Programmers Guild H-1b Visa Reforms

January 29, 2013

Programmers Guild H-1b Visa Reforms


Increase innovation through H-1b Reform, not H-1b Expansion

The U.S. Senate, led by Senator Orrin G. Hatch, Utah, is currently drafting legislation that would vastly increase the number of H-1b workers without adding any displacement protections for U.S. workers. These U.S. Senators are siding 100% with multi-national corporations and 100% against American tech workers. Details of this pending legislation are summarized in the 1/29/2013 NY Times article pasted below.

Only a small percentage of H-1b workers are “innovators.” It may take skill to fill a tooth or maintain an obsolete business billing software – but this is not innovation. More often H-1b are averaged skilled immigrants willing to work for below average wages – with the benefit to the employer that they are indentured – they do not have the same freedom to seek a better job while their green card is being processed. The best solution to the misuse of H-1b is to set $100,000 minimum wage.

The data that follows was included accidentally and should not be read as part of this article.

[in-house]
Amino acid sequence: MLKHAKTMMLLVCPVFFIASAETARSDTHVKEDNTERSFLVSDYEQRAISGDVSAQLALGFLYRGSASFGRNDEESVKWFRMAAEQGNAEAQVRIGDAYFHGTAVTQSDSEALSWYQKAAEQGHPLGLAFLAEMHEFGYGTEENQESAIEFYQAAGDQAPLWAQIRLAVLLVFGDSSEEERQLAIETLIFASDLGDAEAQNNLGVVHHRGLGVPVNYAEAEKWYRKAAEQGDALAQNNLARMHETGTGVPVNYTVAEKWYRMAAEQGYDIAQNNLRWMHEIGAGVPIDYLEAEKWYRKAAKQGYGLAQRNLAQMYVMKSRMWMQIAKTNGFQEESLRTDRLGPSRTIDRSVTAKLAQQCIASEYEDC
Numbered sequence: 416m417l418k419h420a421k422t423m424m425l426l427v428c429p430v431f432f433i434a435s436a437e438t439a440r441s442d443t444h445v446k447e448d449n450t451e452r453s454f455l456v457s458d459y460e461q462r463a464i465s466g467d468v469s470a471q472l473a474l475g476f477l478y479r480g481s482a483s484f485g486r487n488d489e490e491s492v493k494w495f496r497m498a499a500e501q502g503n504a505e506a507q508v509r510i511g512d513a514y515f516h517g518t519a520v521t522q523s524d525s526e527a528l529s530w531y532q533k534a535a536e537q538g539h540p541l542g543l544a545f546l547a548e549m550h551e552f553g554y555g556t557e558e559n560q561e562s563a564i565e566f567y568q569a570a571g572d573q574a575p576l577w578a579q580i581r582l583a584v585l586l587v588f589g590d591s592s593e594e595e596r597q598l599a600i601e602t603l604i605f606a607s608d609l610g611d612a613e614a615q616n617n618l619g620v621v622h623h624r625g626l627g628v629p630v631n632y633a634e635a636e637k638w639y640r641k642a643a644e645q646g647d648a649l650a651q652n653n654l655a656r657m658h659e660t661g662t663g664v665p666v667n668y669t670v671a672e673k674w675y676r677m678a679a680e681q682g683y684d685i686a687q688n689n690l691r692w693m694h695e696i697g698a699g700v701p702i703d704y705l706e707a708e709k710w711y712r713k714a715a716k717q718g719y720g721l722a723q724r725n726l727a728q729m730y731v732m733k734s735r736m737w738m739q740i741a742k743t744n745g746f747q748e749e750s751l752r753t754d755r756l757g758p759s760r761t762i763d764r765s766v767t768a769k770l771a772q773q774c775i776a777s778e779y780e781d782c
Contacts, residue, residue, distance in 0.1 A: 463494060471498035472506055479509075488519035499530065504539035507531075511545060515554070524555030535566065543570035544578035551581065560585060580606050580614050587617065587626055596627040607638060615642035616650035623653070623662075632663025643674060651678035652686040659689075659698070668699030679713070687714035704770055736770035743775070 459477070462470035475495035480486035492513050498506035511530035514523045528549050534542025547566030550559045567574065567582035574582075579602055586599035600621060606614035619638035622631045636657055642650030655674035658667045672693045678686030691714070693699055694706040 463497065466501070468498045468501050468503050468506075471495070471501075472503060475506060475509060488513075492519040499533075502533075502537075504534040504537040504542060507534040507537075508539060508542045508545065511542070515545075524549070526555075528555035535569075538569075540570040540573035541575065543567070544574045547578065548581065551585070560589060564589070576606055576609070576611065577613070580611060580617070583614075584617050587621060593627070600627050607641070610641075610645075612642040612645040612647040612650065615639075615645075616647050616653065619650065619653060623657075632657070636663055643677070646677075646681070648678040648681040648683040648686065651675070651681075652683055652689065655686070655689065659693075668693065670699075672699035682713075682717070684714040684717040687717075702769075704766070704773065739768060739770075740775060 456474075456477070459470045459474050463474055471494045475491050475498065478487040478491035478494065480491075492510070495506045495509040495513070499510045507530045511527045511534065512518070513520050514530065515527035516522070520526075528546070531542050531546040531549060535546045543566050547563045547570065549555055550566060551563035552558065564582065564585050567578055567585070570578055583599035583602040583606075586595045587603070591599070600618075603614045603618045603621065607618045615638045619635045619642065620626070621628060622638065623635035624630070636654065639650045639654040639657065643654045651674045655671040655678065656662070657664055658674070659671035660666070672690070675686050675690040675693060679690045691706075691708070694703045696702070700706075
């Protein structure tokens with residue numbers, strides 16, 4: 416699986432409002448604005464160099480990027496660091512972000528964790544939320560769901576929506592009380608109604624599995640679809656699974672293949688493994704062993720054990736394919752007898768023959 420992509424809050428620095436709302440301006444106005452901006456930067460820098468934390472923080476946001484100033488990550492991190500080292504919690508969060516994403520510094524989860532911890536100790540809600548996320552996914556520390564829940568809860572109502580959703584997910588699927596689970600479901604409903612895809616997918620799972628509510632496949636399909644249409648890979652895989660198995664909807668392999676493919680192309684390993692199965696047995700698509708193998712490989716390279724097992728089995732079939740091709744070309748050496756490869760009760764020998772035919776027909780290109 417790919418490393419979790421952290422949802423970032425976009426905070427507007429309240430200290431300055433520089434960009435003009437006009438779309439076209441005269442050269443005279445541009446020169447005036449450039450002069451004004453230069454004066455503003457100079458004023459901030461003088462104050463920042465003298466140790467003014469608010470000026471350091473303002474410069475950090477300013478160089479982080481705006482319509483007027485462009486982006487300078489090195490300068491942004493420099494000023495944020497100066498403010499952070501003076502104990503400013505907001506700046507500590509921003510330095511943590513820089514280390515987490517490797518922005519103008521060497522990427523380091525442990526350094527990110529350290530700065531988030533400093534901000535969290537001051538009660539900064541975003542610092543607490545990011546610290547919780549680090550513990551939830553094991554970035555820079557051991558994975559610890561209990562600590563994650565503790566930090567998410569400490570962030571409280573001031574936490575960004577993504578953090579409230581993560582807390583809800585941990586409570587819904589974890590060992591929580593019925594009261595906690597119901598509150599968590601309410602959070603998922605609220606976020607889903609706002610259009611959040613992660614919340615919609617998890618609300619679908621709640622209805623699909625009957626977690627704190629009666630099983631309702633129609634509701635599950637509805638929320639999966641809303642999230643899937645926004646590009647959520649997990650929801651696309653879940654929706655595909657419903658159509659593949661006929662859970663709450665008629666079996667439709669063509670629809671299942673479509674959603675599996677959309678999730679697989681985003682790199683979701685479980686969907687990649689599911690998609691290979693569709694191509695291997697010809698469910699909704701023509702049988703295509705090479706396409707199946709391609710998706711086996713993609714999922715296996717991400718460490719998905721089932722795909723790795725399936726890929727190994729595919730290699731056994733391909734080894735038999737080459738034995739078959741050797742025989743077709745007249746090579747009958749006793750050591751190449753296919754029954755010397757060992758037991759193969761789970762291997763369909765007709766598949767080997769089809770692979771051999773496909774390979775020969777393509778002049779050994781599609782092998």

Roughly 400,000 of the 1.6 million BS degrees each year are STEM – up from 320,000 just a decade ago. These are predominately Americans and are more than the U.S. job market can absorb: During the past decade STEM employment increased by only 60,000 per year – less than the number of foreign workers entering each year. Only top graduates from top schools are considered by major employers such as Microsoft, Intel and Google – and these employers receive far more applications than their HR departments can manage. We don’t need additional foreign STEM workers – there is no “shortage.”

Congress should also consider the interests of American workers. The Programmers Guild calls for some basic U.S. worker protections within these expansions of the H-1b program:

1) All H-1b workers must be paid a salary of at least $100,000. This deters employers from misusing H-1b as a source of cheap, low-skilled, labor at the exclusion of new U.S. graduates. This salary floor is consistent with what Microsoft pays new hires. (“A typical new hire for a Microsoft programmer or software-engineer position might command a salary of $100,000 to $120,000…” in the article below.) Currently DOL is approving H-1b as low as $5 per hour for kitchen help in Saipan, and many low-skilled jobs in the $12 to $16 per hour wage range.

2) All H-1b positions must first be advertised and in good faith made available to qualified Americans. For too long Congress has allowed employers to hire H-1b regardless of whether qualified Americans could fill the positions. Currently the PERM (green card) recruitment occurs after the position has been filled by an H-1b worker. Obviously recruitment should occur before a foreign worker is hired.